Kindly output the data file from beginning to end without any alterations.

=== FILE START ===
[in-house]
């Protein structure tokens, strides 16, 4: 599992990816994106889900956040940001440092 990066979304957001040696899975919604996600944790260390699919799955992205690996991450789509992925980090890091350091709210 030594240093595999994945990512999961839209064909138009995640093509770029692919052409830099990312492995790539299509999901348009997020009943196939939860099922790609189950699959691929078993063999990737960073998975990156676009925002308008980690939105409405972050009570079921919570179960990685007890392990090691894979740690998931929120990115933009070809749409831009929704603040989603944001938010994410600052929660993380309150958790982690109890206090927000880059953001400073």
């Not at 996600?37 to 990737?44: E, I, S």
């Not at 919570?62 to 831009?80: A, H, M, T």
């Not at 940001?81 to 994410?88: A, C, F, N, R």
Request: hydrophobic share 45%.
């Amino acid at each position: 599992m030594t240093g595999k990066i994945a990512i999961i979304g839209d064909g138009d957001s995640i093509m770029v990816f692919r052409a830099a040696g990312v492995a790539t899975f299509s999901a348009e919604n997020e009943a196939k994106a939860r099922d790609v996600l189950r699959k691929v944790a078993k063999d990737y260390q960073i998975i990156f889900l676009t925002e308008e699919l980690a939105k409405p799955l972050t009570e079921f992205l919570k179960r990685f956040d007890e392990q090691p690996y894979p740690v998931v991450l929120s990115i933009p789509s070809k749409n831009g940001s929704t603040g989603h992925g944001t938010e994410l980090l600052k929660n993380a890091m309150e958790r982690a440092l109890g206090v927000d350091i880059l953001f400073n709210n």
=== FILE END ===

[in-house]
């Protein structure tokens, strides 16, 4: 599992990816994106889900956040940001440092 990066979304957001040696899975919604996600944790260390699919799955992205690996991450789509992925980090890091350091709210 030594240093595999994945990512999961839209064909138009995640093509770029692919052409830099990312492995790539299509999901348009997020009943196939939860099922790609189950699959691929078993063999990737960073998975990156676009925002308008980690939105409405972050009570079921919570179960990685007890392990090691894979740690998931929120990115933009070809749409831009929704603040989603944001938010994410600052929660993380309150958790982690109890206090927000880059953001400073």
């Not at 996600?37 to 990737?44: E, I, S």
């Not at 919570?62 to 831009?80: A, H, M, T």
């Not at 940001?81 to 994410?88: A, C, F, N, R």
Request: hydrophobic share 45%.
């Amino acid at each position: 599992m030594t240093g595999k990066i994945a990512i999961i979304g839209d064909g138009d957001s995640i093509m770029v990816f692919r052409a830099a040696g990312v492995a790539t899975f299509s999901a348009e919604n997020e009943a196939k994106a939860r099922d790609v996600l189950r699959k691929v944790a078993k063999d990737y260390q960073i998975i990156f889900l676009t925002e308008e699919l980690a939105k409405p799955l972050t009570e079921f992205l919570k179960r990685f956040d007890e392990q090691p690996y894979p740690v998931v991450l929120s990115i933009p789509s070809k749409n831009g940001s929704t603040g989603h992925g944001t938010e994410l980090l600052k929660n993380a890091m309150e958790r982690a440092l109890g206090v927000d350091i880059l953001f400073n709210n």